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Over the last few weeks, the Iraqi government has quietly rounded up some of the senior leadership of the Mahdi Army in preparation for the tactical shift by the US military. The arrests give hope that the Iraqi government may actually use this opportunity to separate itself from the radical Shi'ites that have influenced its operations, including Moqtada al-Sadr:
Facing intense pressure from the Bush administration to show progress in securing Iraq, senior Iraqi officials announced Wednesday that they had moved against the country’s most powerful Shiite militia, arresting several dozen senior members in the past few weeks.
It was the first time the Shiite government of Prime Minister Nuri Kamal al-Maliki had claimed significant action against the militia, the Mahdi Army, one of the most intractable problems facing his administration. The militia’s leader, the cleric Moktada al-Sadr, helped put Mr. Maliki in power, but pressure to crack down on the group has mounted as its killings in the capital have driven a wedge into efforts to keep the country together.
Although the announcement seemed timed to deflect growing scrutiny by an American administration that has grown increasingly frustrated with Mr. Maliki, American officers here offered some support for the government’s claims, saying that at least half a dozen senior militia leaders had been taken into custody in recent weeks.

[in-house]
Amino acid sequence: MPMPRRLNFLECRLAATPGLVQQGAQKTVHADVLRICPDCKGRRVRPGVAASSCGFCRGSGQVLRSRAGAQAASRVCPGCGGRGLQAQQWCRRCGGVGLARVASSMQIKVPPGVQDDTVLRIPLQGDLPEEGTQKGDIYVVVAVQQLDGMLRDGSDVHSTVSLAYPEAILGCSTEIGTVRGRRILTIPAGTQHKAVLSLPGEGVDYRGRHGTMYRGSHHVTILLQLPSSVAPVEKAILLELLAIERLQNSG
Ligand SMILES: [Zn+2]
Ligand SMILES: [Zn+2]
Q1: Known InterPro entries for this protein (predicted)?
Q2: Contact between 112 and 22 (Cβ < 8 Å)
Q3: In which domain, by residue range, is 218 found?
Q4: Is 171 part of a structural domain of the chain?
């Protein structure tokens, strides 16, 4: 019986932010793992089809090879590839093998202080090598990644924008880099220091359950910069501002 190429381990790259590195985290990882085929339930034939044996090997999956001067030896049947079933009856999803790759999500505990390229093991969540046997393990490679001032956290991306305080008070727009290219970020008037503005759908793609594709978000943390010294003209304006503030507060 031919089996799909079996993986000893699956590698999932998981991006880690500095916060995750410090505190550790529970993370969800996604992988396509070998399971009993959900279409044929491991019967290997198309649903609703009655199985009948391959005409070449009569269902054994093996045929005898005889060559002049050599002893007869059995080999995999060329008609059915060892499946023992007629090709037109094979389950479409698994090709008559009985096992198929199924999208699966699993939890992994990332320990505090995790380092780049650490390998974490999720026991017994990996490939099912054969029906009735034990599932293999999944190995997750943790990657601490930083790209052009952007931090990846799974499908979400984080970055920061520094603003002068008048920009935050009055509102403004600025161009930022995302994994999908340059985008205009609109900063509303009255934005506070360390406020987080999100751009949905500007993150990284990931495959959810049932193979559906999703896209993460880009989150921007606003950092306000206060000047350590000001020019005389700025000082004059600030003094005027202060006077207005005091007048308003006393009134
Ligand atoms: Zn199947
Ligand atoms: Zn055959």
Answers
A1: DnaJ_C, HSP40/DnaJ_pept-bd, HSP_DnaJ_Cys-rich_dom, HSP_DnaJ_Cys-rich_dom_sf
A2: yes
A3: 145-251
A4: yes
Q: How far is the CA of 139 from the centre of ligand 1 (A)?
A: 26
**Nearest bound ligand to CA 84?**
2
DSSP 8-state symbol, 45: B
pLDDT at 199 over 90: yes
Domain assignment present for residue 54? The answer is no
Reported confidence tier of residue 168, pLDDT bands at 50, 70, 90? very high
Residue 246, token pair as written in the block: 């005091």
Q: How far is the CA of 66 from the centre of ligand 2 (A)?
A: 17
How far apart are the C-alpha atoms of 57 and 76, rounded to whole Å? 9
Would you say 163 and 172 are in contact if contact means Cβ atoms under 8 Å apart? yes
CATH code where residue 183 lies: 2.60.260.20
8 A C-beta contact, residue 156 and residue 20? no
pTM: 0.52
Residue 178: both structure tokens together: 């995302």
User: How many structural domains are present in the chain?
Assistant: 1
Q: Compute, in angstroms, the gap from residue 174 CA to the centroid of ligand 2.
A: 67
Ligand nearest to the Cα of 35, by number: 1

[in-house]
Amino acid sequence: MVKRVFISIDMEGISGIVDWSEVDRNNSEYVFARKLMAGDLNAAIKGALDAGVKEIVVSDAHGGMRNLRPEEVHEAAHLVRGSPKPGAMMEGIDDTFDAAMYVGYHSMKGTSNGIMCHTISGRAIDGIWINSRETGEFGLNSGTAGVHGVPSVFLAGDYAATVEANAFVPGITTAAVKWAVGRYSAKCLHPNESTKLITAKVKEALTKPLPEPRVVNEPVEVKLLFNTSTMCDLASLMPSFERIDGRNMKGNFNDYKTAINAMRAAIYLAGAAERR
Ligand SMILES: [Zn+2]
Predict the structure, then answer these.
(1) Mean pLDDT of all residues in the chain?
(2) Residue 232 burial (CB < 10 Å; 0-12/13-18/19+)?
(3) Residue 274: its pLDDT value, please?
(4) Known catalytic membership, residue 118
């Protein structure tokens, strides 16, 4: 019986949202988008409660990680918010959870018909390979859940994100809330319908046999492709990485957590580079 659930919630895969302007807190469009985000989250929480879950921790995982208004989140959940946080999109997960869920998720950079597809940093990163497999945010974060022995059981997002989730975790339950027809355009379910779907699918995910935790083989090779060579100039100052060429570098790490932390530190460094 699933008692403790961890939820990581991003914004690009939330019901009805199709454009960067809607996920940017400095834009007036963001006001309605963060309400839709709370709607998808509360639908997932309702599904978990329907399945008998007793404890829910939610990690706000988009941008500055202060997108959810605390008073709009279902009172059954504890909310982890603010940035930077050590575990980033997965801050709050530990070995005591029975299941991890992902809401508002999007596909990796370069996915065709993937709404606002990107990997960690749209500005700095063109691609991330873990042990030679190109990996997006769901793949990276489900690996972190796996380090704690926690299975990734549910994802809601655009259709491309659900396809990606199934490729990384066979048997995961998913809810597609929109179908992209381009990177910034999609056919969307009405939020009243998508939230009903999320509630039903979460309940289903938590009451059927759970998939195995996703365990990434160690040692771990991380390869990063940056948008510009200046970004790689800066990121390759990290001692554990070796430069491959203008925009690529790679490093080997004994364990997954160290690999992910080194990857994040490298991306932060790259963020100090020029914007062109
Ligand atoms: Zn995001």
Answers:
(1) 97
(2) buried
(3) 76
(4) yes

In perhaps the most surprising development, the Americans said, none of the members had been prematurely released, a chronic problem as this government has frequently shielded Shiite fighters.
“There was definitely a change in attitudes,” in the past three to four weeks, a senior American military officer said, speaking on condition of anonymity.
Many of the critics of Bush's surge have argued, not unreasonably, that the new strategy relied too heavily on Nouri al-Maliki's government to show a tenacity that they had never displayed before. Maliki's ties to Sadr made this reliance seem a bit too trusting, and people wondered whether Maliki could survive after turning on Sadr -- literally as well as politically.
The change has had an effect on the streets of Baghdad. Where the militias operated openly as late as October, most of the militia members have faded out of sight. Checkpoints run by the Mahdis have disappeared, and weapons no longer get flashed on the street. The luckier ones now try to get passports to get out of Baghdad and Iraq altogether, and the poorer fighters have worked to stay out of the way. Most impressively, all of this has happened while hundreds of Mahdis sit in jails; normally, that would start street fighting and massive protests, but the Mahdis have suddenly discovered discretion.
One of the motivating factors is money. The Mahdis found a good living in Iranian subsidies and petty protection rackets. They want to keep what they already have, and they know that a stand-up fight against the US military would end all of that. "Italian shoes" was the explanation of one Iraqi to New York Times reporter Sabrina Tavernise. This underscores the need to follow the clear-and-hold with jobs for unemployed and bored Iraqis who are at higher risk to fall into the insurgencies. The fanatics probably can't be swayed, but their starving recruits who want food and money would probably rather earn it than steal it, and the US needs to have those resources at the ready.
It seems that Bush may have finally found the proper motivation for Maliki to put an end to the Shi'ite death squads. Now we have to help the Iraqi government find the incentives to get the Iraqis to work on rebuilding their nation.Sphere It View blog reactions
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